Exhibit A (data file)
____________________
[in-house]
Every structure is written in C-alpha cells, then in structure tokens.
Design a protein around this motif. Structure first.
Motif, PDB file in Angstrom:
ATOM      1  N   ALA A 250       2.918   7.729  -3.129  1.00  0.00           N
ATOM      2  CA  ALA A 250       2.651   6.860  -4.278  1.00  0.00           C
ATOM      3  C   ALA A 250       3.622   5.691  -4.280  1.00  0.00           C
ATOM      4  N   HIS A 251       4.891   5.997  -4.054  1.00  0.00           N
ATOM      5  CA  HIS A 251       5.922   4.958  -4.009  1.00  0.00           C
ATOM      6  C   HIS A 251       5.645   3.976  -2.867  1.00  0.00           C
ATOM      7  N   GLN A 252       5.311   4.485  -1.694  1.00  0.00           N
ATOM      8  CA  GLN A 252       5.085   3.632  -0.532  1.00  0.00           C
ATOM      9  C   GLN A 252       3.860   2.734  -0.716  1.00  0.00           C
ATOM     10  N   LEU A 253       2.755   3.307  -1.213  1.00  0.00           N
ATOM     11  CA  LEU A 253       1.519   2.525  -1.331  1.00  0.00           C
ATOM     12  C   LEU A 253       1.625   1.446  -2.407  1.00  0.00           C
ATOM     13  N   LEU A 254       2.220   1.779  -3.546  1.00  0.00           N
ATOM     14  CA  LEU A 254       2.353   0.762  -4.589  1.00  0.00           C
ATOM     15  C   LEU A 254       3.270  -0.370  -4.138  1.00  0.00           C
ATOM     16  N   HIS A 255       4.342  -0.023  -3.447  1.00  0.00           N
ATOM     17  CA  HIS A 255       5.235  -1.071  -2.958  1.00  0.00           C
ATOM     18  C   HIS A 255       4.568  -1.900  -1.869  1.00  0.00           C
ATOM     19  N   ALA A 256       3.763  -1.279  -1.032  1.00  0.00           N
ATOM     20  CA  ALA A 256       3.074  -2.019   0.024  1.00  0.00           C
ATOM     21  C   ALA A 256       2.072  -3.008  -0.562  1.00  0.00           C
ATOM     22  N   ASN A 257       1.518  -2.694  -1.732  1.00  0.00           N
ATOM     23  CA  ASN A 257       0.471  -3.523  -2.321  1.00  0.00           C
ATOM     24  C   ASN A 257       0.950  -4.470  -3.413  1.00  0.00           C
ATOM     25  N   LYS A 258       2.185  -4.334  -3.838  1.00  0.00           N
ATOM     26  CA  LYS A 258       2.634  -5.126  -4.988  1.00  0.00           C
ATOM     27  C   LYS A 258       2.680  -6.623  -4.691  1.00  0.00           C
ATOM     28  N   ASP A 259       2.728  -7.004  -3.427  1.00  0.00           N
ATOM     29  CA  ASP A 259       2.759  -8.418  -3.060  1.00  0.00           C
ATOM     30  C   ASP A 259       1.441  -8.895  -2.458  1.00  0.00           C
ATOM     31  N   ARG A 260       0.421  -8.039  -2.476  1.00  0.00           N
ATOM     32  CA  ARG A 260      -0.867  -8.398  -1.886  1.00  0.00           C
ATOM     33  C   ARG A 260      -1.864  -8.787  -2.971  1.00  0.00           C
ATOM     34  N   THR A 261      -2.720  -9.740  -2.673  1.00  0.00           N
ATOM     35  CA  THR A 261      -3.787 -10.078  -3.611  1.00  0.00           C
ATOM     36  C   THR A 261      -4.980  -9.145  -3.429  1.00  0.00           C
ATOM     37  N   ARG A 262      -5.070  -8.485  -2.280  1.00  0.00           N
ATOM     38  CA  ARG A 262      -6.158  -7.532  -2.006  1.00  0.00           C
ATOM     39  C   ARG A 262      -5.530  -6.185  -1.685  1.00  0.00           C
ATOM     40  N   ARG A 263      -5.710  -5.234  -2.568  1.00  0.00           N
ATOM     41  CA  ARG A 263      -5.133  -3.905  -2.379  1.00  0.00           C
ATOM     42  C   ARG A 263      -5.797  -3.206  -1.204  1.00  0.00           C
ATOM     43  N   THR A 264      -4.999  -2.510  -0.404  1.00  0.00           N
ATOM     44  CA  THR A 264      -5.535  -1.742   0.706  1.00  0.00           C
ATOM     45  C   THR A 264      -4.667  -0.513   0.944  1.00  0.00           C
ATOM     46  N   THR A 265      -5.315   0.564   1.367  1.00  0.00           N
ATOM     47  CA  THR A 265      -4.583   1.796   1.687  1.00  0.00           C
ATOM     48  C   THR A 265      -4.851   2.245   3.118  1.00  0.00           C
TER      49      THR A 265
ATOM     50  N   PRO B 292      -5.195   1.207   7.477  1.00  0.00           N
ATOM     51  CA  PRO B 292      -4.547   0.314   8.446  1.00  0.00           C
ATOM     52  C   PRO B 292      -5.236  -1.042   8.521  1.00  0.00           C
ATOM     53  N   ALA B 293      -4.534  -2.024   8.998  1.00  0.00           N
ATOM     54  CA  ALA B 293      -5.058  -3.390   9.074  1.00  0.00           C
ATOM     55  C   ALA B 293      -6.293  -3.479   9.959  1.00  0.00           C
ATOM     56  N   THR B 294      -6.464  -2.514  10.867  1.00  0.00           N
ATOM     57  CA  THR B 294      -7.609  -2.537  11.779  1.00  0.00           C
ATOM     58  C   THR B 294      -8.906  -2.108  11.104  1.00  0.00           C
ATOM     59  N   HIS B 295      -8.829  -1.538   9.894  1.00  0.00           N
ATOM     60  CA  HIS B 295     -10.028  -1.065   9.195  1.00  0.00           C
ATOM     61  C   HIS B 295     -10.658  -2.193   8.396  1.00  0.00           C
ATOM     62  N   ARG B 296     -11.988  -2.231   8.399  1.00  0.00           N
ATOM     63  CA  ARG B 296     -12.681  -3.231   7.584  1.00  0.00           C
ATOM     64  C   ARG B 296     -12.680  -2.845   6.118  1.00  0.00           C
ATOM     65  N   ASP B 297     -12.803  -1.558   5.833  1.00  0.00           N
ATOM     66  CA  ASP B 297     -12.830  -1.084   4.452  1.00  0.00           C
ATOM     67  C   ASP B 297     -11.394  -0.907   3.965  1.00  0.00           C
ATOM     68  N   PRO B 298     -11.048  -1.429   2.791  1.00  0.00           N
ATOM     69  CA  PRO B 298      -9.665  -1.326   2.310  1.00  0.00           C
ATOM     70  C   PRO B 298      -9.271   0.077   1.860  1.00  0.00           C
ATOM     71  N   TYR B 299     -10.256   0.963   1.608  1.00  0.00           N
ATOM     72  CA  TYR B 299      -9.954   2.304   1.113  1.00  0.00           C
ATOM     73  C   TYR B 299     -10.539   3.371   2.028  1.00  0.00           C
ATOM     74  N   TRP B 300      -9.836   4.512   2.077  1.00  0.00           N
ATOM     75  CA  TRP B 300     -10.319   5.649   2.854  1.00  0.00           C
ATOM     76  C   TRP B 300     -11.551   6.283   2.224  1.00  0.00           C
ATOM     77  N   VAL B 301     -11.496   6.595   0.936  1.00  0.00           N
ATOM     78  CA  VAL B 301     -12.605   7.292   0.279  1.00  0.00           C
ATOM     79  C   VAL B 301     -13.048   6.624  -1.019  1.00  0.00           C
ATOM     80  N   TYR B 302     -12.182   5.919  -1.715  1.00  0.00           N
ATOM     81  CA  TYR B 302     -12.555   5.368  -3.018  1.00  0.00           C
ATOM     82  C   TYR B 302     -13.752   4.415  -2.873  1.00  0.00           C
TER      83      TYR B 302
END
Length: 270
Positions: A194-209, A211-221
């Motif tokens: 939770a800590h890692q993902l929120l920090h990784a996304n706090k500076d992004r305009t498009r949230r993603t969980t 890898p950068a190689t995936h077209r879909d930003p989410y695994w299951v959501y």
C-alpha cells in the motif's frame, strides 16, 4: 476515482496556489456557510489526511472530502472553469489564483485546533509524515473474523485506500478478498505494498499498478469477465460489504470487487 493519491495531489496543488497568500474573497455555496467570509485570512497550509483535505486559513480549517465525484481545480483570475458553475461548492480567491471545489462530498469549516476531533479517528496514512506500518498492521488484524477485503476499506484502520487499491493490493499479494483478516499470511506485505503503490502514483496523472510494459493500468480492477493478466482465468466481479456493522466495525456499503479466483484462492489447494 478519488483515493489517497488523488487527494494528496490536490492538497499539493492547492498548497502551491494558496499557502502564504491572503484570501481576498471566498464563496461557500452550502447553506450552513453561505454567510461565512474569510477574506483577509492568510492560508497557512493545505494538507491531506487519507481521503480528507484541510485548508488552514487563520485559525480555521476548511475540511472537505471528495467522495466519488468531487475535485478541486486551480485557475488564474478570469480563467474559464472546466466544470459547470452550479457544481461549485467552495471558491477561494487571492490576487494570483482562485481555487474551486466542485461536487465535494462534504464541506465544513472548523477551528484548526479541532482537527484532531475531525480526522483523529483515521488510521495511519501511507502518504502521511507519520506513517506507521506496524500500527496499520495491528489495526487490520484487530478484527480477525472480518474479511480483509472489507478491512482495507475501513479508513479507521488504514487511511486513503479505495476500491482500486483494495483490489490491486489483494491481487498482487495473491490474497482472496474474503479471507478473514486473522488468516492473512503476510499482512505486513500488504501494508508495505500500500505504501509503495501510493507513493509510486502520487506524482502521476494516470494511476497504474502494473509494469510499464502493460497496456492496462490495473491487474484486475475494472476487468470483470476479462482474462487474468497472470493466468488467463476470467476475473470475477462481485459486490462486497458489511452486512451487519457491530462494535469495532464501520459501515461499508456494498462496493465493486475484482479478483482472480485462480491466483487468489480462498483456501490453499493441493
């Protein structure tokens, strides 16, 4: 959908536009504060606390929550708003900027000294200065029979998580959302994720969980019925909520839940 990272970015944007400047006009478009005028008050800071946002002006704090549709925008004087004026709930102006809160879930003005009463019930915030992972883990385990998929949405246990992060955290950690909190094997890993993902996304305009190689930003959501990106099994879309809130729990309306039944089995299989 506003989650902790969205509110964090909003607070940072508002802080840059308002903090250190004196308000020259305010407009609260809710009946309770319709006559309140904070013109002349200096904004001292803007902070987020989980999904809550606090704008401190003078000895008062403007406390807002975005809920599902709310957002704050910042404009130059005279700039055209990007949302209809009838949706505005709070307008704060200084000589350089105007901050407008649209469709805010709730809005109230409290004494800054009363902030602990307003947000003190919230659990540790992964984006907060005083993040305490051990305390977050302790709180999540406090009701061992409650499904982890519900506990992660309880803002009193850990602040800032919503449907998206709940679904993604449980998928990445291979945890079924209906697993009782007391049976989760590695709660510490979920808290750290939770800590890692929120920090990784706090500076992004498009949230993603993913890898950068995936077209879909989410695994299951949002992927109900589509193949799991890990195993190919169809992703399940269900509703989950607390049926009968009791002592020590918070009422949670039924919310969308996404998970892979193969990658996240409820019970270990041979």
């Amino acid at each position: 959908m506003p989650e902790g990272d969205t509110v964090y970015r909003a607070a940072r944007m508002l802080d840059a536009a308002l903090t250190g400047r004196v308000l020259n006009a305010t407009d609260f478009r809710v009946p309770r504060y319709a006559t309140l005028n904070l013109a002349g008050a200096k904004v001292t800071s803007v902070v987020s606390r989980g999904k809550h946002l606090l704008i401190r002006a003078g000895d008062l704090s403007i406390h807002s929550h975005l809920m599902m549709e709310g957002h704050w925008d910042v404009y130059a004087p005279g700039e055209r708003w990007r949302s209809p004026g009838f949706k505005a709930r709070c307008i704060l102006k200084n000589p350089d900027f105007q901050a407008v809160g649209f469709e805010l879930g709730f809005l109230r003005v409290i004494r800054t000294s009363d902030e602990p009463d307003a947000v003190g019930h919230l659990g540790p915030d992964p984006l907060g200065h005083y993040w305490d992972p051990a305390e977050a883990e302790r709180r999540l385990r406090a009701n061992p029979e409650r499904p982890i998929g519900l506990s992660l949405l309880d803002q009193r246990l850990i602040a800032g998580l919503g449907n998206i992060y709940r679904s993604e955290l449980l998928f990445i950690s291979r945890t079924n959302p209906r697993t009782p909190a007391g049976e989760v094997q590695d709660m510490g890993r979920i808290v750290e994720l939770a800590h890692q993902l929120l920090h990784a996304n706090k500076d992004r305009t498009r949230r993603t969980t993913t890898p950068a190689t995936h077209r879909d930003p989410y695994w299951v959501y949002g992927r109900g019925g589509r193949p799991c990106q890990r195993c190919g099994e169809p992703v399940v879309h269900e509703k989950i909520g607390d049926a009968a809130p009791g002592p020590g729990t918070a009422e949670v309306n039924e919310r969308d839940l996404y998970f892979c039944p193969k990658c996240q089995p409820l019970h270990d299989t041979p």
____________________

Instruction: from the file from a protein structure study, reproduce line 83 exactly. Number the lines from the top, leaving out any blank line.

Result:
ATOM     79  C   VAL B 301     -13.048   6.624  -1.019  1.00  0.00           C